"M-i-s-t. It's a kind of veil separating the mortal world from the magic world. Mortal minds — they can't process strange stuff like gods and monsters, so the Mist bends reality. It makes mortals see things in a way they can understand — like their eyes might just skip over this valley completely, or they might look at that dragon and see a pile of cables." (4.73)
We never really find out if there is a Mist, or if it's just a metaphor. Do human minds reject magic automatically? Or is there some substance that erases it from their minds? It's not clear if the Mist that changes reality is real or an illusion.
"It was my fault," Piper said without thinking. She just couldn't stand it anymore. The secret about her father was heating up inside her like too much ambrosia. If she kept lying to her friends, she felt like she'd burn to ashes.
"Piper," Jason said gently, "you were asleep when Festus conked out. It couldn't be your fault."
"Yeah, you're just shaken up," Leo agreed. He didn't even try to make a joke at her expense. "You're in pain. Just rest." (22.64-66)
Piper believes that what she did in her dream affected reality and caused the dragon to crash. Leo and Jason, though, think that if she was asleep she couldn't have done anything—which seems odd since anytime any one of them goes to sleep, they have visions and get new powers or information. They should know how this reality works by now, including that dreams are pretty darn real. But maybe they're just shaken up by the dragon falling out of the sky.
Jason gave her a smile, though he looked kind of nervous. It was the exact expression he'd had on his face after he'd kissed her the first time, up on the Wilderness School dorm roof—that cute little scar on his lip curving into a crescent. The memory gave her a warm feeling. Then she remembered that the kiss had never really happened. (22.72)
The kiss never happened, it's true. But nothing in the book really happened since, you know, it's a fictitious book. Jason kissing Piper is as real as anything else that the novel describes. In fact, it's more real in some sense, since it admits it's not real. For that matter, Piper's relationship with Jason is something that could have happened—girls and boys do kiss. Flying on a dragon is much less real, even if we're supposed to pretend that it's more real.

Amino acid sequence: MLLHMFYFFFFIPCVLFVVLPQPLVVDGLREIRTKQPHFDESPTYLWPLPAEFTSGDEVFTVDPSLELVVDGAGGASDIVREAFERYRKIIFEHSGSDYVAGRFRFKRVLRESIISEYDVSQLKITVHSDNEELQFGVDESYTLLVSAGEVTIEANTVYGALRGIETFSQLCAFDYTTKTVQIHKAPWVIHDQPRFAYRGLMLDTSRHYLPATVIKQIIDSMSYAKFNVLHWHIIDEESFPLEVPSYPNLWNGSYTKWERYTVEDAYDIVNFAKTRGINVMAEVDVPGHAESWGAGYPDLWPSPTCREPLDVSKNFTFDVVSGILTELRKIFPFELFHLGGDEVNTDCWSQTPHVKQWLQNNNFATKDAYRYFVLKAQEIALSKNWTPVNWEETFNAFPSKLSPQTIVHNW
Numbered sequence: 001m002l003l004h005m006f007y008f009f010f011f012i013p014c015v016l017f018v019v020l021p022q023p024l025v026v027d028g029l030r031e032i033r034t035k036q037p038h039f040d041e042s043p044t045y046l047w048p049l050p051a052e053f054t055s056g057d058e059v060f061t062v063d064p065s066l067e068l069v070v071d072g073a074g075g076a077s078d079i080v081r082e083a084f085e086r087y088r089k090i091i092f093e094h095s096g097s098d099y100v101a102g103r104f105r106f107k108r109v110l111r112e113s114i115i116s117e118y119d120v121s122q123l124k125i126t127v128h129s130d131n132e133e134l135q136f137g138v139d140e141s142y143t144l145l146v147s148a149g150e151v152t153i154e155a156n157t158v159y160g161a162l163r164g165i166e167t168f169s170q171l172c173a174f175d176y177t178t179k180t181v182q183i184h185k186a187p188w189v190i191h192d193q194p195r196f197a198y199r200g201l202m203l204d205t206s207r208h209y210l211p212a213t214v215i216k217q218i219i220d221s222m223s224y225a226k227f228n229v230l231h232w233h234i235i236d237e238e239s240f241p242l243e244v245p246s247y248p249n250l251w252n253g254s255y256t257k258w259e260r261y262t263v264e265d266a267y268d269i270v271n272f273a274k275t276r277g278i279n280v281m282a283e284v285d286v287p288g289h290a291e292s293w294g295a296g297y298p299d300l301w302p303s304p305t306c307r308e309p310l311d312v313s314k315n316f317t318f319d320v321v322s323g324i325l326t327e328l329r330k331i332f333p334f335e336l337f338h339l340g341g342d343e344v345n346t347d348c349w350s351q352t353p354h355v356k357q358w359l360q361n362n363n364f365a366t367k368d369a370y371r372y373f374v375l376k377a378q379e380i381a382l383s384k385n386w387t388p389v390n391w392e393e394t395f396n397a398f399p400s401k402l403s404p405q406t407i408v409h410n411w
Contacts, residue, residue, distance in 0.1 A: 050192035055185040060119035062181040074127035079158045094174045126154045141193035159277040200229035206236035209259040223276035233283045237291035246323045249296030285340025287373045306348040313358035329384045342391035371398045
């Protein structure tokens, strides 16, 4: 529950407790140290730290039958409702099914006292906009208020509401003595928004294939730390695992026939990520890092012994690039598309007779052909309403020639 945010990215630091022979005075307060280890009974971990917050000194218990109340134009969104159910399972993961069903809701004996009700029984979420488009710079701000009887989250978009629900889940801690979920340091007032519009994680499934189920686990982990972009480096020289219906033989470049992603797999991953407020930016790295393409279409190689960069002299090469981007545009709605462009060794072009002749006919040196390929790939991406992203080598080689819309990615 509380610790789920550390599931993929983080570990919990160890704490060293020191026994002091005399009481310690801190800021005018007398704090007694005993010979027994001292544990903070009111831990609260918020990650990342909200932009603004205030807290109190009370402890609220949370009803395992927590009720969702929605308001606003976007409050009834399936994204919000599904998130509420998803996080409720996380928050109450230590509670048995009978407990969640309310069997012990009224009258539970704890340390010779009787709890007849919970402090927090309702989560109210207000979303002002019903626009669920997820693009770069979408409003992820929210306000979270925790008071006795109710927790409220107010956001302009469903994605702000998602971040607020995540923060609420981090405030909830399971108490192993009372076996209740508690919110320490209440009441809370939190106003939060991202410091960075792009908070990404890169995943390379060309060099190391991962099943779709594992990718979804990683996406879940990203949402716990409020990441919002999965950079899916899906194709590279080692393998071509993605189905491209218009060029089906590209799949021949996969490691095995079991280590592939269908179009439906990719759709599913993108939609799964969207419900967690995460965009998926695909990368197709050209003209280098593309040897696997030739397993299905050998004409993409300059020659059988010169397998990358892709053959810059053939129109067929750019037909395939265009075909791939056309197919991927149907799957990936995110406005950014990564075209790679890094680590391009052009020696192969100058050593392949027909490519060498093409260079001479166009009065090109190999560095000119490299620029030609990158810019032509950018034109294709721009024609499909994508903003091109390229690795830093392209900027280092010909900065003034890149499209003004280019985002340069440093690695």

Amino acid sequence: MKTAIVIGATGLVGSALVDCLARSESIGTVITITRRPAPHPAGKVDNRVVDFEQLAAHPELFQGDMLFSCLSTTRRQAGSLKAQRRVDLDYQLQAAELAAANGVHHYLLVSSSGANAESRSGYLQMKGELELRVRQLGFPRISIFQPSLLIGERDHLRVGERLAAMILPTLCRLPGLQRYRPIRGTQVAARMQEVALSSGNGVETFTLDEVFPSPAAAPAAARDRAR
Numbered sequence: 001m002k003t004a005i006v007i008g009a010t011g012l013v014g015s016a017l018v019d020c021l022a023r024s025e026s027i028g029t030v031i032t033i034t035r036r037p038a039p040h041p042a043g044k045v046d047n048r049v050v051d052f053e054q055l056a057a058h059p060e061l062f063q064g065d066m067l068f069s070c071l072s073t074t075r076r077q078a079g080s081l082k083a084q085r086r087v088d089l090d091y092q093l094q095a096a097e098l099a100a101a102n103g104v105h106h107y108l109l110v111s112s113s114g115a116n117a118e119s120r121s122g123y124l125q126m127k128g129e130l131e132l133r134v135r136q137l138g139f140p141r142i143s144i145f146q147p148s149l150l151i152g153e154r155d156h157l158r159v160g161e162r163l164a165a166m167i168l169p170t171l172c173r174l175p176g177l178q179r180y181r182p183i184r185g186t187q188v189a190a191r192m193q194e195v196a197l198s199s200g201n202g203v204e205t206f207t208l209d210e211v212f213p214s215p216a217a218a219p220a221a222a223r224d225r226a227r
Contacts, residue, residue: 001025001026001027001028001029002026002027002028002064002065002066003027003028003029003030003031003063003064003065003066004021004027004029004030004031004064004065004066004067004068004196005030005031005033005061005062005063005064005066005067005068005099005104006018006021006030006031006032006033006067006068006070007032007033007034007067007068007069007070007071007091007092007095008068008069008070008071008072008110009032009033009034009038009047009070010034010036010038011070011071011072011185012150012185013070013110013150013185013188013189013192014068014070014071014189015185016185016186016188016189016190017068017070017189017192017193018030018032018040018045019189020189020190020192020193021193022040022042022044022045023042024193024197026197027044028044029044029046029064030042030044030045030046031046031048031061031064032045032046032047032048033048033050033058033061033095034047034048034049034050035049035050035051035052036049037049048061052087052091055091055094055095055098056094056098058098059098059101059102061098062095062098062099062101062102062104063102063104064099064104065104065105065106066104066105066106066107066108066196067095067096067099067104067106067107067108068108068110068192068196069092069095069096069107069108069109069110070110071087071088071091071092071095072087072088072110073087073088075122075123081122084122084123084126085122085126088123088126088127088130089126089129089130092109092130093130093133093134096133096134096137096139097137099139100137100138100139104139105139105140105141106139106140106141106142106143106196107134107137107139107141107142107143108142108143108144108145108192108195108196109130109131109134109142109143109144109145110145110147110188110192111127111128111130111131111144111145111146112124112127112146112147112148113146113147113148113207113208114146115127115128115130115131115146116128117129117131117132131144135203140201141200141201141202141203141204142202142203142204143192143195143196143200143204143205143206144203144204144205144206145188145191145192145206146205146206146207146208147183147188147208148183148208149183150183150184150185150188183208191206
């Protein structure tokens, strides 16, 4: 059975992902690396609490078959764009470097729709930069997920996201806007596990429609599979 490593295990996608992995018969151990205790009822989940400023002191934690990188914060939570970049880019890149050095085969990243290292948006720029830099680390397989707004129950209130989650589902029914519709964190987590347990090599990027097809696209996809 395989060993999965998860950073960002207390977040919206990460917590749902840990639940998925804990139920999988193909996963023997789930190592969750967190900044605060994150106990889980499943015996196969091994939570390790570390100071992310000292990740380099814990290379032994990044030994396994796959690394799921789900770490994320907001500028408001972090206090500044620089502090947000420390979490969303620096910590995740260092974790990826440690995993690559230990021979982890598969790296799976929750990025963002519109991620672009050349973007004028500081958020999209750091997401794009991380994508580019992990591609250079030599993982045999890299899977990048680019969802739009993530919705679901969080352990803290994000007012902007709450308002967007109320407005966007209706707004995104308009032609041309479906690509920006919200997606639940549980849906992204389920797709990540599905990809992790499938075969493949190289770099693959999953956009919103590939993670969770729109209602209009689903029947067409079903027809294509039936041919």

Leo fiddled with his copper wires. He felt like an intruder. He shouldn't be listening to this, but it also made him feel like he was getting to know Jason for the first time—like maybe being here now made up for those four months as Wilderness School, when Leo had just imagined they had a friendship. (35.50)
Leo's listening to Thalia tell Jason about his past. He's learning Jason's real story here, just like the reader. The false history he had with Jason—the backstory that never was because it happened before the book—is replaced with a "real" backstory. Jason is only as real as what we know about him.
"Is the fortress always hanging there?" Piper asked. "How can people not notice it sitting on top of Pikes Peak?"
"The Mist," Thalia said. "Still, mortals do notice it indirectly. Some days, Pikes Peak looks purple. People say it's a trick of the light, but actually it's the color of Aeolus's palace, reflecting off the mountain face." (36.35-36)